What is industry standard for catching exterior lead paint scrapings?


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Old 04-21-10, 06:30 PM
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What is industry standard for catching exterior lead paint scrapings?

One of those crunchy blue tarps? Then what do you do with it? Jiggle the tarp to get the paint to gather to one spot on the tarp, and then funnel the tarp to get the paint to slide into a plastic garbage bag?

Or is one better say to use thin plastic sheeting, perhaps weighing it down with bricks, so that when you are through scraping, you can gather up plastic film and paint together, disposing of the whole works?

Or ????

If it is windy out, the day they scrape the wood garage, there might get to be a lot of paint caught up in the wind and taking off like those maple tree seeds with wings. That be frustrating.

Any laws against scraping lead paint on windy days(in most regions)? I sure ain't calling up the city to tell them I have code red lead paint, and get their advise. They'd probably want the landlord to spend thousands of dollars with some abatement company!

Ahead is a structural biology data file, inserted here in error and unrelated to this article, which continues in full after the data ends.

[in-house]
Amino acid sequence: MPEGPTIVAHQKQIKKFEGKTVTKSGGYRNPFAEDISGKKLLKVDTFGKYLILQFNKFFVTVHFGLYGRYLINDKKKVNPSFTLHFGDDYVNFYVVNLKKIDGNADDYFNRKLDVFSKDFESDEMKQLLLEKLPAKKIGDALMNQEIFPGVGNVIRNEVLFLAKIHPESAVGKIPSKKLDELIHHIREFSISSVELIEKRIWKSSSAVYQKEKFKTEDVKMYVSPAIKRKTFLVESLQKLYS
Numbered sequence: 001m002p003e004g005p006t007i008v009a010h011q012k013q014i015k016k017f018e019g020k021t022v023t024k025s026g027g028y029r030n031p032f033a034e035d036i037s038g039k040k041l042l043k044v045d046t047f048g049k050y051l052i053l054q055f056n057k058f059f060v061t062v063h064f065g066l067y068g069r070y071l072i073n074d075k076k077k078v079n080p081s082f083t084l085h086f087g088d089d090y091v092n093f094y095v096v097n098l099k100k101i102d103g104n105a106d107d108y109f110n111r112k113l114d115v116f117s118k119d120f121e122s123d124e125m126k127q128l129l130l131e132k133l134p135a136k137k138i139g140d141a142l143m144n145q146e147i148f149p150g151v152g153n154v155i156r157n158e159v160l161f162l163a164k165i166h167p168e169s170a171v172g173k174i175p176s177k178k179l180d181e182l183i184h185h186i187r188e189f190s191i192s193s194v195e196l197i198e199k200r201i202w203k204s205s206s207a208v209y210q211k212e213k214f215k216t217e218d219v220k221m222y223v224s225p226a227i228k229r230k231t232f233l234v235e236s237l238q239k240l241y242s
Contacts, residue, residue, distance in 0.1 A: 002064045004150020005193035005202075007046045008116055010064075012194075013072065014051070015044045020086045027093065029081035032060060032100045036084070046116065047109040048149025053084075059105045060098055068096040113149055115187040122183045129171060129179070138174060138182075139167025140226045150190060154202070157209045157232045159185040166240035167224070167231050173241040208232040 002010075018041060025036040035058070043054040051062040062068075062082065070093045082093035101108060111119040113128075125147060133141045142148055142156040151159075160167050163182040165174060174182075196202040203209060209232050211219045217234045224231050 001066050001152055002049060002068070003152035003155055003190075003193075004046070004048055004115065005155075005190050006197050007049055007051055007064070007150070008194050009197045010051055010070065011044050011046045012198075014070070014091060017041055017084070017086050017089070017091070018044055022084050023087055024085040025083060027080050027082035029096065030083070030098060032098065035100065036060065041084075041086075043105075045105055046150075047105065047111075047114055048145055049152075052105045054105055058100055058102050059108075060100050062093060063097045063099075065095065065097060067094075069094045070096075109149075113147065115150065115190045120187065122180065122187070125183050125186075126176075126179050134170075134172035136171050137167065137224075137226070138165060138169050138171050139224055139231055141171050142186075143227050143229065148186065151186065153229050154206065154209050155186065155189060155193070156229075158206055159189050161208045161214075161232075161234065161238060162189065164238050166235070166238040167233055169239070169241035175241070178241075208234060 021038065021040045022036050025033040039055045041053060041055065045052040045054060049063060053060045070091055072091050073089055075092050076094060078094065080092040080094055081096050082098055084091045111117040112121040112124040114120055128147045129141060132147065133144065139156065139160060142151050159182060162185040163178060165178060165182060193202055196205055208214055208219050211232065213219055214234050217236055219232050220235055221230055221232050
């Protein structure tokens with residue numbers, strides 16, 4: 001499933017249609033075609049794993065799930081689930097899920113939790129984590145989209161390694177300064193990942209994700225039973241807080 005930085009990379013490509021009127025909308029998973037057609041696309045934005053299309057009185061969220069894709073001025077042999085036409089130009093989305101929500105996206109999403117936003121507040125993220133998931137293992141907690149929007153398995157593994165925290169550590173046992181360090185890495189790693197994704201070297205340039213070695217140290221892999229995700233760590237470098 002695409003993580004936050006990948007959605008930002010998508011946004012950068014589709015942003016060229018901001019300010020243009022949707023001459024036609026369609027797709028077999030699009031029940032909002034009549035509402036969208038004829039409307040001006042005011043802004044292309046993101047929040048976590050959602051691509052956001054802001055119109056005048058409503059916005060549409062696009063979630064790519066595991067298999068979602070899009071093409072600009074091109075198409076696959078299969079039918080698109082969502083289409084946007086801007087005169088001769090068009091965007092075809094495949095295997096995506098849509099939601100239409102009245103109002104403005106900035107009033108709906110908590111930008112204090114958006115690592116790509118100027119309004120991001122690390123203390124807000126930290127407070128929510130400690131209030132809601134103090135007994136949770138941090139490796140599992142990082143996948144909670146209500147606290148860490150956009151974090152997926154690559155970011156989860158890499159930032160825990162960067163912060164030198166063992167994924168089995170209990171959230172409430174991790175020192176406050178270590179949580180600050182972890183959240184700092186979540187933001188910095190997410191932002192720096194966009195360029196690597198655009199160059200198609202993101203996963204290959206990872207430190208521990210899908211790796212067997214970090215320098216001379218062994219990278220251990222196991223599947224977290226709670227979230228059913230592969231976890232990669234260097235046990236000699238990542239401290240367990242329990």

One tempting way is to forget anything with worrying about tarps and simply rake and rake somemore, to get up as much as possible, and then maybe go over the area with a shop vac, (if the scrapings are loose) and on dry dirt or concrete, which is what will be blow the wood siding - concrete on 2 sides, already raked dirt on 2 sides.

Consider the fact the building is a million years old, and has already lost 1/6th of it's paint into the surrounding soil already.
 
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Old 04-21-10, 07:04 PM
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there are laws covering this, the paint must be contained, best is with a vacum with a hepa filter. American International Tool Industries, Inc. LLC | Makers of the Paint Shaver Pro paint stripping, paint stripping tools, paint removal, paint removal tools, paint scrapers, lead paint removal, stripping lead paint, infrared paint heater
something like this, should be used or a liquid paint remover that keeps you from making dust.